Wednesday, August 10, 2011

How much will they hate it? Unrest and budget cuts over the long run

by Jacopo Ponticelli and Hans-Joachim Voth


August 10, 2011

Governments cutting budget deficits have to consider not just the political reaction of the opposition and the media. A backlash on the streets, in the form of unrest and politically-motivated violence, is a real possibility. This column shows that since 1919, the level of instability has typically risen at the same time as budget cuts are implemented.

August 2011 has seen days of rioting in London and other cities in the UK. In Spain, demonstrators known as indignados recently occupied town squares and demanded a full-scale change of the political system. And Greece continues to see violent clashes between the police and demonstrators protesting against round after round of budget cuts.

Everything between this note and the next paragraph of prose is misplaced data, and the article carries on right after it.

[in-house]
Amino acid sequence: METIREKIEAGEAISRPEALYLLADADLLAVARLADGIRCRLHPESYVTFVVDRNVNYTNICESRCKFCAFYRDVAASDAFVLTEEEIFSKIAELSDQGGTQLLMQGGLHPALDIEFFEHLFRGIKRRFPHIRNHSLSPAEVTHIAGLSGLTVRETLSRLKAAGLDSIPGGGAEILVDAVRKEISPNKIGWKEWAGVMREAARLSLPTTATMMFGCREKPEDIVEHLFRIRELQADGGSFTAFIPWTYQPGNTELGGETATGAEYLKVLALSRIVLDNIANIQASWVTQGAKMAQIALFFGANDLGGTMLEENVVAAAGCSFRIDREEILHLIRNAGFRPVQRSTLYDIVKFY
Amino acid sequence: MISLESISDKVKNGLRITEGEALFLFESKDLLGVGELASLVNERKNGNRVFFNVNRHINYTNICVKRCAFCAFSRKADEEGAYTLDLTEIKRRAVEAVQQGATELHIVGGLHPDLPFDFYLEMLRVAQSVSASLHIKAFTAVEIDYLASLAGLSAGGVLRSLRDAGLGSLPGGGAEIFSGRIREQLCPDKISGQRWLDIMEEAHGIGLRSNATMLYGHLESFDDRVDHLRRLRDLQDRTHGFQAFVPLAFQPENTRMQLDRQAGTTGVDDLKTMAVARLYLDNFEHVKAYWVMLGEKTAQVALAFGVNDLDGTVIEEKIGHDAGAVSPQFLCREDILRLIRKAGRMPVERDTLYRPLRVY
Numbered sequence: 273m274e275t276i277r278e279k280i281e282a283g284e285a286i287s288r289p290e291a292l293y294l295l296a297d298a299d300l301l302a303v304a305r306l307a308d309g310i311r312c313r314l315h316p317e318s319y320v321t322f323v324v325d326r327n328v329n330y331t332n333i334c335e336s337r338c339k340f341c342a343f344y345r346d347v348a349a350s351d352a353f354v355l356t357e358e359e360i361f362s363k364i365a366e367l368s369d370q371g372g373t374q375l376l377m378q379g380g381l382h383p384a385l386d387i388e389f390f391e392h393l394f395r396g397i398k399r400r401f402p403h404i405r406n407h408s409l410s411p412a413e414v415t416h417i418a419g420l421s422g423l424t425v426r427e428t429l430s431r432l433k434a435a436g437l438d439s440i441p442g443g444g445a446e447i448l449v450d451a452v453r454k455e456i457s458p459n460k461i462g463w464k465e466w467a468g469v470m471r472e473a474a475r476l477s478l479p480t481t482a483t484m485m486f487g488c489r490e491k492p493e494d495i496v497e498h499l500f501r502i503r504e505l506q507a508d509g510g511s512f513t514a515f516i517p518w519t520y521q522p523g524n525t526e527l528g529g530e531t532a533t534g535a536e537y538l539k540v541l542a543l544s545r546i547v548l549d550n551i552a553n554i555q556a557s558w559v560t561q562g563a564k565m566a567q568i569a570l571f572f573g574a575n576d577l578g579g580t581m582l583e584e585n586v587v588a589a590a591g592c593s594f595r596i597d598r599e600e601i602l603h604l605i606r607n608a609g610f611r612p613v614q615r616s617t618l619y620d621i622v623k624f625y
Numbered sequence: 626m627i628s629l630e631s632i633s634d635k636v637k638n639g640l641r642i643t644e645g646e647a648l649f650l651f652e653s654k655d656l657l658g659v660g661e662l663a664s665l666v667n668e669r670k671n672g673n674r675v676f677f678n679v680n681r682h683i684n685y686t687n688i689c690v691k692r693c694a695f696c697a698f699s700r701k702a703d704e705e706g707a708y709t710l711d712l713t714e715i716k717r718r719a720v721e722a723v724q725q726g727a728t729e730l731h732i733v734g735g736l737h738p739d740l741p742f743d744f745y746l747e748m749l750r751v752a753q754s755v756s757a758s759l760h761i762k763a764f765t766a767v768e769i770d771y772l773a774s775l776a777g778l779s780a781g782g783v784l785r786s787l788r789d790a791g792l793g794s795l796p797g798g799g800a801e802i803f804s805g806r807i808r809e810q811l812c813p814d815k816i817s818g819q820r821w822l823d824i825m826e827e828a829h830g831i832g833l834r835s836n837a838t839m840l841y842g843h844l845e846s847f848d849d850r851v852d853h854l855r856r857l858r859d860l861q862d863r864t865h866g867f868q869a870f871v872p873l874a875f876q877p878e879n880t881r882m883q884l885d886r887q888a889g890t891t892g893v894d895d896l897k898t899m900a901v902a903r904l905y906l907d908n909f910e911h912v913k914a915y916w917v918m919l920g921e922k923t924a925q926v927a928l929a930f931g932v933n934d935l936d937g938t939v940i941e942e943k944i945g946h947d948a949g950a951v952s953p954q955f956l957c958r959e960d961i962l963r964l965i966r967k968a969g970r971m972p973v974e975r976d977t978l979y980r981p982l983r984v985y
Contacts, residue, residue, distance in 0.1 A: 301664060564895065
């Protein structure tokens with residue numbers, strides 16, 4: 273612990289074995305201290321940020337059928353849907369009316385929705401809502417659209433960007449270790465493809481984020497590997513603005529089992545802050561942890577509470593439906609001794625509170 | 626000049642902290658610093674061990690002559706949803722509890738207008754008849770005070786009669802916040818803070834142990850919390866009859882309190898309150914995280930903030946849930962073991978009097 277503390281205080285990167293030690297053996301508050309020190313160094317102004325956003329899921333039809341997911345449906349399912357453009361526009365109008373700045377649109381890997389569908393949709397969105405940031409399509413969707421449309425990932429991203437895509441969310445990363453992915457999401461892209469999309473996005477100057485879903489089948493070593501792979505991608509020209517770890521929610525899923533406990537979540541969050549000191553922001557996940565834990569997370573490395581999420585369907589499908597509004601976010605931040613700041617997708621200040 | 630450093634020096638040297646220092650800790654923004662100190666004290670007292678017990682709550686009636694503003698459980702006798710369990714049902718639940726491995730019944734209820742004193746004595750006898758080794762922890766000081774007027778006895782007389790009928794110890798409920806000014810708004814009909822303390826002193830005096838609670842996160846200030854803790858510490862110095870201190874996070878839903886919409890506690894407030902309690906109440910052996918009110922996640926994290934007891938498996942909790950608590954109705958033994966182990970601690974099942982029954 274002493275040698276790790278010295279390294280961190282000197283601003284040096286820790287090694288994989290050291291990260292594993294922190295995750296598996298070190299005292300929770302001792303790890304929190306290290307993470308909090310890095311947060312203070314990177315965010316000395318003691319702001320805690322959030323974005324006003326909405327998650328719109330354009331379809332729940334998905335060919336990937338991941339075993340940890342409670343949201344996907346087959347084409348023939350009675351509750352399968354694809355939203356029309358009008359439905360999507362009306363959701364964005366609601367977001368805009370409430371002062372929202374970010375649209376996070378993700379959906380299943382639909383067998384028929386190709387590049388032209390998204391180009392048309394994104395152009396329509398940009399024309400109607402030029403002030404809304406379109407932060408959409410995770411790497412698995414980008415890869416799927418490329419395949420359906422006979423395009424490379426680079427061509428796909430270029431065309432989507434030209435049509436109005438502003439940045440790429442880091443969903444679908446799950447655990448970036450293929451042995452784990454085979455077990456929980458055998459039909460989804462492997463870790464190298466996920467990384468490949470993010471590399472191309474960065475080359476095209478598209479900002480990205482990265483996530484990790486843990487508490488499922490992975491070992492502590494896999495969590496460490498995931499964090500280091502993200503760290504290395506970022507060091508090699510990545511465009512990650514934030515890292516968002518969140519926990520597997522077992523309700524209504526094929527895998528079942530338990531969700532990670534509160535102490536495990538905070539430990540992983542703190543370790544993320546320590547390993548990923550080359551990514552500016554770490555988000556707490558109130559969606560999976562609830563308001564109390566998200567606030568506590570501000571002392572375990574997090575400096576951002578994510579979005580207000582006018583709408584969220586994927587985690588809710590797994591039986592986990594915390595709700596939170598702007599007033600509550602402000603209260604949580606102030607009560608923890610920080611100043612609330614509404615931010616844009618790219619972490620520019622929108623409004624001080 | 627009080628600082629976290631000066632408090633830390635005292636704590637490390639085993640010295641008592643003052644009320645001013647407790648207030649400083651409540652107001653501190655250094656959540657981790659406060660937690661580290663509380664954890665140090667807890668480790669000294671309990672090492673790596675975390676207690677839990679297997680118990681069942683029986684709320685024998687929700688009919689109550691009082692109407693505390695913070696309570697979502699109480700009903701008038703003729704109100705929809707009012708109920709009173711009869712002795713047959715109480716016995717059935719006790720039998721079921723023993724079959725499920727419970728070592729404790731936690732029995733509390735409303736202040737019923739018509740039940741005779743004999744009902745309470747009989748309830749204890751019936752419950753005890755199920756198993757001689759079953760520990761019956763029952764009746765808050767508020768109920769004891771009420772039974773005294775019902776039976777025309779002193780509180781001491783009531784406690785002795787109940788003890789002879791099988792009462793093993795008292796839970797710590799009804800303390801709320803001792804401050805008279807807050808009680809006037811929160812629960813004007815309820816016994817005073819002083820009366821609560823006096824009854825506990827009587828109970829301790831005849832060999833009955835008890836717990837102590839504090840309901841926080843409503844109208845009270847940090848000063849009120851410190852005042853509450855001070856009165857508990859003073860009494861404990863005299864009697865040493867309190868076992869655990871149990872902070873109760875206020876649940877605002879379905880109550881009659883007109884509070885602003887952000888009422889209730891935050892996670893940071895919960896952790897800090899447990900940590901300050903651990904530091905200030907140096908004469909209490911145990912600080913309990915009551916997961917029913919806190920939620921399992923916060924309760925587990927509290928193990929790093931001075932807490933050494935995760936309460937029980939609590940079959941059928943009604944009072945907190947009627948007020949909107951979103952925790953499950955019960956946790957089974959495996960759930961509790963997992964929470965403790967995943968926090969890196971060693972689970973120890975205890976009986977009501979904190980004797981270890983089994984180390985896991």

By historical standards, however, all of these incidents are still quite mild – nowhere near the property damage and human cost of, for example, the 2005 violence in France (Ireland 2005).

What should governments expect if the scale of cutbacks increases? What drives such outbursts of violence against property and people, leading to buildings and vehicles burned, confidence in civic institutions and the police severely dented, and ultimately lives lost?


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